The favor and esteem with which Wulstan was regarded did not cease, but he was obliged to spend a life of constraint. The Archbishop made him keep a band of armed retainers to preserve the peace of the country, and they were new and strange companions for the old monk; but as he thought his presence kept them from evil, he did not remain aloof, dining with them each day in the public hall, and even while they sat long over the wine, remaining with them, pledging them good-humoredly in a little cup, which he pretended to taste, and ruminating on the Psalms in the midst of their noisy mirth.

These were the days of church-building—the days of the circular arch, round column, and zigzag moulding; of doorways whose round arch, adorned with border after border of rich or quaint device, almost bewilder us with the multiplicity of detail; of low square towers, and solid walls; of that kind of architecture called Norman, but more properly a branch of the Romanesque of Italy.

Each new Roman Bishop or Abbot thought it his business to renew his clumsy old Saxon minster, and we have few cathedrals whose present structure does not date from the days of the Conqueror or his sons. Walkelyn, Bishop of Winchester, obtained a grant from William of as much timber from Hempage Wood as could be cut in four days and nights; whereupon Walkelyn assembled a huge company of workmen, and made such good use of the time, that when the king passed that way, he cried out, "Am I bewitched, or have I taken leave of my senses? Had I not a most delectable wood in this spot?" where now only stumps were to be seen.

Wulstan had always been a church-builder, and he renewed his cathedral after the Norman fashion; but when it was finished, and the workmen began to pull down the old one, which had been built by St. Oswald, he stood watching them in silence, till at last he shed tears. "Poor creatures that we are," said he, "we destroy the work of the saints, and think in our pride that we improve upon it. Those blessed men knew not how to build fine churches, but they knew how to sacrifice themselves to God, whatever roof might be over them, and to draw their flocks after them. Now, all we think of is to rear up piles of stones, while we care not for souls."

Wulstan lived to a great age, survived William and Lanfrane, and assisted to consecrate Anselm. In the last year of his life he kept each festival with still greater solemnity than ever, and his feast for the poor overflowed more than ever before; his stores were exhausted, though he had collected an unusual quantity, and his clergy begged him to shut the gates against the crowds still gathering; but he refused, saying none should go empty away, and some gifts from his rich friends arrived opportunely to supply the need. The Bishop sat in the midst as feasting with them, now grown too feeble to wait on them, as he had always done hitherto.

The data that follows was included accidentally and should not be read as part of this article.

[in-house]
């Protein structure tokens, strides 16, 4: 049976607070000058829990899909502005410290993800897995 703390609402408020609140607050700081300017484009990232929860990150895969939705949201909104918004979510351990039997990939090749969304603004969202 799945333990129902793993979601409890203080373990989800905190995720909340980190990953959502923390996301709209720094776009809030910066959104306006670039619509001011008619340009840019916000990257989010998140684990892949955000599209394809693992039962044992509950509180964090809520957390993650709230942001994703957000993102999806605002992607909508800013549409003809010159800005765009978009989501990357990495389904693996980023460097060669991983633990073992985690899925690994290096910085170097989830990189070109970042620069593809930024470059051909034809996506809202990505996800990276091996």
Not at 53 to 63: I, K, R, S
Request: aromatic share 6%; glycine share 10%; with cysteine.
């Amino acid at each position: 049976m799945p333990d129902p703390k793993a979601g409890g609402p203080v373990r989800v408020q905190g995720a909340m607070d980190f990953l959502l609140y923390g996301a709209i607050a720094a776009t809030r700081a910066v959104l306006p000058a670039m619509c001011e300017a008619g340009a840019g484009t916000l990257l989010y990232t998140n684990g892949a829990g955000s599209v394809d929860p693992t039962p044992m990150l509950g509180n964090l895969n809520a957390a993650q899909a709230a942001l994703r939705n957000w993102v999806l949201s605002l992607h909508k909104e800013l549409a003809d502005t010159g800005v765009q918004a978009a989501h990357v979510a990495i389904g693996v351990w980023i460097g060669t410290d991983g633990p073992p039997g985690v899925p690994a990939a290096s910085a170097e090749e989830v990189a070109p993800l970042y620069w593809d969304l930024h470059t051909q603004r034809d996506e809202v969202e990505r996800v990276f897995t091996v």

At Whitsuntide, 1094, he was taken ill, and lingered under a slow fever till the new year, when he died in peace and joy on the 19th of January. His greatest friend, Robert, the Bishop of Hereford, a learned man, understanding all the science of the time, a judge, and a courtly Lorrainer, yet who loved to spend whole days with the unlettered Saxon, came to lay him in his grave. He received, as a gift from the convent, the lambskin cloak that Wulstan used to wear, in spite of the laughter of the gay prelates arrayed in costly furs, keeping his ground by saying, that "the furs of cunning animals did not befit a plain man." He went home to Hereford, and soon after died, having, it is said, been warned in a vision by St. Wulstan that he must soon prepare to follow him.



CAMEO X.

THE CONQUEROR. (1066-1087.)

In speaking of William, the Norman Conqueror, we are speaking of a really great man; and great men are always hard to understand or deal with in history, for, as their minds are above common understandings, their contemporary historians generally enter into their views less than any one else, and it is only the result that proves their wisdom and far-sight. Moreover, their temptations and their sins are on a larger scale than those of other men, and some of the actions that they perform make a disproportionate impression by the cry that they occasion—the evil is remembered, not the good that their main policy effected.

William was a high-minded man, of mighty and wide purposes, one of the very few who understood what it was to be a king. He had the Norman qualities in their fullest perfection. He was devoutly religious, and in his private character was irreproachable, being the first Norman Duke unstained by licence, the first whose sons were all born of his princess wife. He was devout in his habits, full of alms-deeds; and strong and resolute as was his will, he kept it so upright and so truly desirous of the Divine glory and the Church's welfare, that he had no serious misunderstanding with the clergy, and lived on the most friendly terms with his great Archbishop, Lanfranc.

He was one of those mighty men who, in personal intercourse, have a force of nature that not merely renders opposition impossible, but absolutely masters the will and intention, so that there is not even the secret contradiction of mind. We have seen this in his dealings with both his own Normans and the Saxons who came in contact with him. His presence was so irresistible that men yielded to it unconsciously, but when absent from him they became themselves again, and in the reaction they committed treason against the pledges they seemed to have voluntarily given to him.